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Medical Underwriting

What is Medical Underwriting?

Medical underwriting is a key component of the application process for most life insurance policies. It allows the insurance company to evaluate the health of the applicant to determine their risk level in offering a policy to that individual.

Why health matters in life insurance

When life insurance companies issue policies, they need a way to keep themselves solvent. If they were to issue a number of policies to individuals who died shortly after buying coverage, they would be at risk. That’s because they rely on people living a number of years with their policies in place. That way, the policy owner pays premiums to the insurer, helping them to offset the sizeable sum they’ll need to pay to the insured’s beneficiaries when they die.

In other words, the longer you’re likely to live, the lower risk you pose to the insurance provider. Being lower-risk means paying lower premiums. Conversely, if you’re high-risk, you’ll pay more for life insurance, and the insurer may even deny your application.

How do life insurance companies estimate how long you’re likely to live and how much to charge for your policy? In an effort to evaluate the risk level of each individual who applies for life insurance, companies use a process called medical underwriting.

How medical underwriting works

When you apply for life insurance, the insurer starts gathering information about you. Some of it will be self-reported. You’ll probably have to fill out a medical questionnaire, for example.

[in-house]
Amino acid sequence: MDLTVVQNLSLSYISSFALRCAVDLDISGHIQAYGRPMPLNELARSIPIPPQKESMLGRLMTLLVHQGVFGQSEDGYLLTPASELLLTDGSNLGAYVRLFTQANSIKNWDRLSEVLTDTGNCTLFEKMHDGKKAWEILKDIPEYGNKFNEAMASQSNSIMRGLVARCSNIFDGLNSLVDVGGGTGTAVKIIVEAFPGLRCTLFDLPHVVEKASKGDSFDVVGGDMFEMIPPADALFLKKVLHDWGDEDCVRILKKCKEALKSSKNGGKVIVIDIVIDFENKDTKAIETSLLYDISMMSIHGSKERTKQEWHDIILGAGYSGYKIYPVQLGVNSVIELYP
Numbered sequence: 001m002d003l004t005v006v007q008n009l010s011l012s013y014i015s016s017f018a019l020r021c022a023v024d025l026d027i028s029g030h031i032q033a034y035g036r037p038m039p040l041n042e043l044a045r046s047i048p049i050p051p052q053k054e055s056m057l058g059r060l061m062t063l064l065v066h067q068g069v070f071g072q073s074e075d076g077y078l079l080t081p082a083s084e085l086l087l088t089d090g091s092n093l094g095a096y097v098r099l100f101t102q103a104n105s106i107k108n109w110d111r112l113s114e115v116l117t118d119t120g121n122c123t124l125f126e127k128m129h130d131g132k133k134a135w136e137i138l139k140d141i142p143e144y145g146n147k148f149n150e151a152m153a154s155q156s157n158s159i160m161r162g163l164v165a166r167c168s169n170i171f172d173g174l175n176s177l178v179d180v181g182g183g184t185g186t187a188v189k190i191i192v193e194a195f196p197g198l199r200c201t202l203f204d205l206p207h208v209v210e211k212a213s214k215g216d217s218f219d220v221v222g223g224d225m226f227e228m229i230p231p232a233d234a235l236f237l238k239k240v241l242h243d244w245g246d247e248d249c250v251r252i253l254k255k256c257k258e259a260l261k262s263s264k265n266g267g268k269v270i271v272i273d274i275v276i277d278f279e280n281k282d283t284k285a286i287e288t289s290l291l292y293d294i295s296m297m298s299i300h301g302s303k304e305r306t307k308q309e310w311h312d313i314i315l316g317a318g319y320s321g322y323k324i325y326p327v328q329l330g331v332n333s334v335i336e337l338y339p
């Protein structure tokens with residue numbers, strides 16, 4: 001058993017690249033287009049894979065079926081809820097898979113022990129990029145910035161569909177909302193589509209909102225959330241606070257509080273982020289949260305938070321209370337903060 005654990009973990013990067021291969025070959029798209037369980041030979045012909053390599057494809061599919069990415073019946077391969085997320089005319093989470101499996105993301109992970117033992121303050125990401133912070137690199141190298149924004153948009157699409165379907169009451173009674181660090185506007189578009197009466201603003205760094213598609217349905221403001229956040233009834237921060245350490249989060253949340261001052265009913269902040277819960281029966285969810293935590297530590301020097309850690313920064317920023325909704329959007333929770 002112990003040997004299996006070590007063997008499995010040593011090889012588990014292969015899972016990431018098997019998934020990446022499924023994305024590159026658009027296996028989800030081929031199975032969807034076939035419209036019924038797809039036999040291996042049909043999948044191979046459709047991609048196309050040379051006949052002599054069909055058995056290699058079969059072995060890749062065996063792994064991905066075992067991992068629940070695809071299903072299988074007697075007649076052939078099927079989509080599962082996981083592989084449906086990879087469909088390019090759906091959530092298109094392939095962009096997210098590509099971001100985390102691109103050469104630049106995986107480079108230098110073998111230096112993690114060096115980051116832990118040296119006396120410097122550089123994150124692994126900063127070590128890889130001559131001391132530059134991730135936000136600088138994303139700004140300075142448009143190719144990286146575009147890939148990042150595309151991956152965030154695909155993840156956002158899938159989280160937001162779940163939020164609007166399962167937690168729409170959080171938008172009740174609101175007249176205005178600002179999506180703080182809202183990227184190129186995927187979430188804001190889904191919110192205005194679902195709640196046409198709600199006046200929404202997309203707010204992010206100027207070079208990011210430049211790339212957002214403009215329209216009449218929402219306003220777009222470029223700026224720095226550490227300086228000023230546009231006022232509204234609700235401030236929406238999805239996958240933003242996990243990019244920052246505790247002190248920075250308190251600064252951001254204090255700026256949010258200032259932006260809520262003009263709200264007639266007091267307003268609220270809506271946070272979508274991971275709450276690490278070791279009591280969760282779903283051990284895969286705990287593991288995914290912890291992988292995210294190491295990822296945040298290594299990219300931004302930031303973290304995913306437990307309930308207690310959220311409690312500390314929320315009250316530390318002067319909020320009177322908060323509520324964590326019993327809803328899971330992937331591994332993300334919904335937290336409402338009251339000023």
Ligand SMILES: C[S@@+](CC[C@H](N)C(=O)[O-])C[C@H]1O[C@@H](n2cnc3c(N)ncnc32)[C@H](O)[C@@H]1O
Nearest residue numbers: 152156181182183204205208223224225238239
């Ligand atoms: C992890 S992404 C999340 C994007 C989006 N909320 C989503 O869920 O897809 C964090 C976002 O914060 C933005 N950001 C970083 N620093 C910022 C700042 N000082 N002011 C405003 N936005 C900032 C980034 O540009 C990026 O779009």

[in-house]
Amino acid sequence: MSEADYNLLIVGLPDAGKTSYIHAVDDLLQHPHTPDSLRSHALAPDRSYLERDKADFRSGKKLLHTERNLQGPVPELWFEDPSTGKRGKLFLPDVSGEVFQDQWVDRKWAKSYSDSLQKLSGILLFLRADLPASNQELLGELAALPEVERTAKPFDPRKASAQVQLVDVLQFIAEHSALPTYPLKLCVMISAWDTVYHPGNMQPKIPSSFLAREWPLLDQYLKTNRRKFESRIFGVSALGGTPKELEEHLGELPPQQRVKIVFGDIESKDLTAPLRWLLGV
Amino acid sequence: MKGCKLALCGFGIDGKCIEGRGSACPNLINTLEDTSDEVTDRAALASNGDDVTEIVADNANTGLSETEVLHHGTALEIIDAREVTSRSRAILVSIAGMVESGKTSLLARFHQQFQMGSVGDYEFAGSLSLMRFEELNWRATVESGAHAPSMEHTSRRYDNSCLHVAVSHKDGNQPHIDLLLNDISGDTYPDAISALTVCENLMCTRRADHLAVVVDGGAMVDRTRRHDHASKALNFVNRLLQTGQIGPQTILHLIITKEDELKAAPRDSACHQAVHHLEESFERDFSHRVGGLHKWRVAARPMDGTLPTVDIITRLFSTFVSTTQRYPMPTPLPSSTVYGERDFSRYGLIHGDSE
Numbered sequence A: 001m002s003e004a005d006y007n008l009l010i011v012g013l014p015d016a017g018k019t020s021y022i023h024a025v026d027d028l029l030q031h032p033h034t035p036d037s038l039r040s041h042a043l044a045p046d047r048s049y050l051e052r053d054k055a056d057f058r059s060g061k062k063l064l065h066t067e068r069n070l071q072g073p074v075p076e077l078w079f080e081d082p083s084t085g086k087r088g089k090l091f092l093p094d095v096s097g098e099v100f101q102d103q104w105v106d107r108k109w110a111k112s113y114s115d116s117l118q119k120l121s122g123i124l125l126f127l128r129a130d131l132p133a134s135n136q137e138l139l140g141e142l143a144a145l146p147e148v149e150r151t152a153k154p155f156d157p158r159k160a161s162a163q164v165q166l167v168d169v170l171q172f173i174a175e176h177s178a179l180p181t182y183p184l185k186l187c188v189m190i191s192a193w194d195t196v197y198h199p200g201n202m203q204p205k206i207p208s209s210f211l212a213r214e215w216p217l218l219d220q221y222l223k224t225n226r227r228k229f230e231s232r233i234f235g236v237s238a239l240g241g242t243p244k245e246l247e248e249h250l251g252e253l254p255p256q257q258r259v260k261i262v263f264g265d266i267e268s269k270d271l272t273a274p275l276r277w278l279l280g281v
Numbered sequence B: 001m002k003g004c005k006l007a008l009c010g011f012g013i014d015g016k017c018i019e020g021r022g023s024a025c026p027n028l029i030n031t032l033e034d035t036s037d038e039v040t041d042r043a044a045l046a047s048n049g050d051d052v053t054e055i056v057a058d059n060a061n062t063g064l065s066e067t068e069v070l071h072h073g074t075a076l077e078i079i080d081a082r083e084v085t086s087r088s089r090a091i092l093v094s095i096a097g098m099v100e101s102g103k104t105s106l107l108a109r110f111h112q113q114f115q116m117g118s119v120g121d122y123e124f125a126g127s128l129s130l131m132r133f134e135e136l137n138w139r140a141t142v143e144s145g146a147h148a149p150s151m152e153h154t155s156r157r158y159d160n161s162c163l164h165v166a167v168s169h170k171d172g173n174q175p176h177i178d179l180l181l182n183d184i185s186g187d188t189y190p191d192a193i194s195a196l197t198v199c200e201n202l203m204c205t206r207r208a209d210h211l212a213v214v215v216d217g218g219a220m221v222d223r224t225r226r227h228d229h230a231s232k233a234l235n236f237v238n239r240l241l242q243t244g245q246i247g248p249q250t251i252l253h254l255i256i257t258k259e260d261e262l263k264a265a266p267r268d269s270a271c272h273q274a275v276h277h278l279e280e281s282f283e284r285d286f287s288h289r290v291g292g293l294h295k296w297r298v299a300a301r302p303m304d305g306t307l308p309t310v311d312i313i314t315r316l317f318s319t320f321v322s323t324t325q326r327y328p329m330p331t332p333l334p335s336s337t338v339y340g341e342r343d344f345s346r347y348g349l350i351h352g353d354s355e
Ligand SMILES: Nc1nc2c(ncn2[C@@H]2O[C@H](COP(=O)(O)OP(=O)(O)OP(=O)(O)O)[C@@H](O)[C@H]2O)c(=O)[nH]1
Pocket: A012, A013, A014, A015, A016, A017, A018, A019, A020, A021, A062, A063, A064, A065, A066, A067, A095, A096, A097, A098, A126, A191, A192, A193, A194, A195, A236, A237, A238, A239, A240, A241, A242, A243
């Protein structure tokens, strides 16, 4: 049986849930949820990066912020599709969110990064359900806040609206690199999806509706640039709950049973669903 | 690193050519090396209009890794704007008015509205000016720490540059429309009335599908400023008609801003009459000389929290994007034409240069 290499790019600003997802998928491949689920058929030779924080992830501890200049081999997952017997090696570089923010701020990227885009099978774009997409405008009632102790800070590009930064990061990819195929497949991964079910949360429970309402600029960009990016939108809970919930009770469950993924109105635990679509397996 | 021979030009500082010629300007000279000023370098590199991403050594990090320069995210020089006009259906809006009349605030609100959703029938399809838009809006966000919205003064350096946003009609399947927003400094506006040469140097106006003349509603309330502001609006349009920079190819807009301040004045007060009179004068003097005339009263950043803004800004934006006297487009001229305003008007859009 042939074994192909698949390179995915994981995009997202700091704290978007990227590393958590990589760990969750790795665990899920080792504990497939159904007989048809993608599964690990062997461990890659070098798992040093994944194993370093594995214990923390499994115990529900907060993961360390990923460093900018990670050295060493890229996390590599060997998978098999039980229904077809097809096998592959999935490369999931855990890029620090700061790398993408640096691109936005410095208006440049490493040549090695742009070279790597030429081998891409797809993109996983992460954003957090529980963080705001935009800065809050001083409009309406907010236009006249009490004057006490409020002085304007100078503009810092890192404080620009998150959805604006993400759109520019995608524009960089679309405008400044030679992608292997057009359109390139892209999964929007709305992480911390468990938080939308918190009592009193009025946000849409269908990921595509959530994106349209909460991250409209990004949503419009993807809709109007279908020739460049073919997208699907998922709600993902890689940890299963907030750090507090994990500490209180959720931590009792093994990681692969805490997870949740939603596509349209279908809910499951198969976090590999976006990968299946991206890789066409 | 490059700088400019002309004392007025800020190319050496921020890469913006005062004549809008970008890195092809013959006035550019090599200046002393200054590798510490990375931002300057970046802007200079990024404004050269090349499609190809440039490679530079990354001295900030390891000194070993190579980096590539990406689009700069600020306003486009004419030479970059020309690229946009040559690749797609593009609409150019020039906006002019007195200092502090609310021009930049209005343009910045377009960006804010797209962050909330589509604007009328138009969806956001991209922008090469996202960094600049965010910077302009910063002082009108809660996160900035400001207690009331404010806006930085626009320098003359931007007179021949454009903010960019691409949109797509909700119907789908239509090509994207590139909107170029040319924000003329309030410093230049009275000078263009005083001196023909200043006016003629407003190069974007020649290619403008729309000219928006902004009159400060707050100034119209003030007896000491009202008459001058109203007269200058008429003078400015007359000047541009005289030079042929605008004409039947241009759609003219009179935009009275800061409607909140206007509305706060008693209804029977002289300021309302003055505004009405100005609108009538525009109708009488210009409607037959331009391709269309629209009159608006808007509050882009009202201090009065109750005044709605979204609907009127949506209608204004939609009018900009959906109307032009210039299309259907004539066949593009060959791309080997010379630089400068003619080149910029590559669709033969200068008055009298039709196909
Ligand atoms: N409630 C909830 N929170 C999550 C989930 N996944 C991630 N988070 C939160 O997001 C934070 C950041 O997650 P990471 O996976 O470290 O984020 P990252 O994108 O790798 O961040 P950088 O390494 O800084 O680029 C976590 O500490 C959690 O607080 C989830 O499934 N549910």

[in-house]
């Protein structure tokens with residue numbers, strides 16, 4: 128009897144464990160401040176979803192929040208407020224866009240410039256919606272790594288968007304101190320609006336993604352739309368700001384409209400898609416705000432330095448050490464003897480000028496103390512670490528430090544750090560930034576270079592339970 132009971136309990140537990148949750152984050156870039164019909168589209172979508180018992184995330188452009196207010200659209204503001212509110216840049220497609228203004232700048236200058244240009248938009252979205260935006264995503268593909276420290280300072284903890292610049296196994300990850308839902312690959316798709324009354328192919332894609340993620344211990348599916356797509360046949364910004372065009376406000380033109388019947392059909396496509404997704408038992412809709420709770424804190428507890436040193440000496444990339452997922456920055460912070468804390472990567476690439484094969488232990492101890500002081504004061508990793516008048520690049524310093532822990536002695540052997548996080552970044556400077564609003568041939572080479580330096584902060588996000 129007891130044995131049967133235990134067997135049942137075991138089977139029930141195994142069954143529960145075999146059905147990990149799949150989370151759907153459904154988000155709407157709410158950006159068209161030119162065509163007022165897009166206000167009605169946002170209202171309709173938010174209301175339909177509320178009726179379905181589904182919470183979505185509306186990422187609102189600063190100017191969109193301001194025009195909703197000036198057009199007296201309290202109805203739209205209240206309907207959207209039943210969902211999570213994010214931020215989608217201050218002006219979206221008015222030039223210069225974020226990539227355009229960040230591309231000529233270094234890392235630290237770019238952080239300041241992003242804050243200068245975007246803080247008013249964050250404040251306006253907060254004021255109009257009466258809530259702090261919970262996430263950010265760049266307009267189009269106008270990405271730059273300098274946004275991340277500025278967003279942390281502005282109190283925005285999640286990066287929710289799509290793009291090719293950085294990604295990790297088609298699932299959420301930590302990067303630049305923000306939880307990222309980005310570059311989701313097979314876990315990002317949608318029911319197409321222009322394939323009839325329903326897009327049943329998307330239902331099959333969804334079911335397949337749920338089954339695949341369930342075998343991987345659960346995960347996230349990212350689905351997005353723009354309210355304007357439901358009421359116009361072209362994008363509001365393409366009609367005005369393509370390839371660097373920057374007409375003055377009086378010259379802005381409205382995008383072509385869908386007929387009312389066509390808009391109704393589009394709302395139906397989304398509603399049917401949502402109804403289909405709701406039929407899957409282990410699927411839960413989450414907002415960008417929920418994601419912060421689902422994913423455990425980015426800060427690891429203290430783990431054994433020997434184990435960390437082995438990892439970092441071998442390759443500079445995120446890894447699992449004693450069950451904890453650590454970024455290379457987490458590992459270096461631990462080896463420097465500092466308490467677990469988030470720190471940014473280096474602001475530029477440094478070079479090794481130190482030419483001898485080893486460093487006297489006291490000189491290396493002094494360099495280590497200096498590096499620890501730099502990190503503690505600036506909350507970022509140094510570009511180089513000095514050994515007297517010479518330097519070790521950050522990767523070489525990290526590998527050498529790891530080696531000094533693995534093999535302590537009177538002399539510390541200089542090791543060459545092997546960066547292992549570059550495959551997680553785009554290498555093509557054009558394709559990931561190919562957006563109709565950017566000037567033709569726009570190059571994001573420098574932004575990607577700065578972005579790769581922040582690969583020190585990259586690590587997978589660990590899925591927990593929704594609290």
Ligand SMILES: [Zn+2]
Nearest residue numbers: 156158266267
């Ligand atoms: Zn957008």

Although life insurers generally rely on applicants to be forthcoming about their current health and their medical history, life insurance actuaries want to get as much detail as they possibly can during the underwriting process. And that usually means the applicant will need to go in for a medical exam.

The exam is relatively similar to an annual physical, including some bloodwork and a urine test. It gets conducted by a physician the life insurance provider has approved. They’ll be looking for things that indicate your health status, like your blood pressure and cholesterol levels and whether or not you use drugs or tobacco. Depending on your age and health status, the life insurance company may order additional tests, like an electrocardiogram.

The life insurance company then compiles the data they gathered from your questionnaire, the physician’s report (called an attending physician statement [APS]), and other information — like your record in the MIB database — to set the rating for your policy. The lower-risk they perceive you to be, the more preferential the rating you’ll receive. A better rating means a more affordable life insurance policy.

The medical underwriting process usually takes somewhere between three and six weeks.

If medical underwriting turns up too many risk factors or a risk factor that’s too significant, the life insurance company may deny your application for a policy. In that case, you’ll need to explore life insurance without medical underwriting.

Medical underwriting-free life insurance

If you can’t pass the medical underwriting process or you don’t have the time or desire to go through the weeks-long undertaking, you can explore life insurance that doesn’t include medical underwriting. Your options here are:

That said, the majority of life insurance policies come with medical underwriting. It’s a process for which you should be prepared before you apply for a policy.

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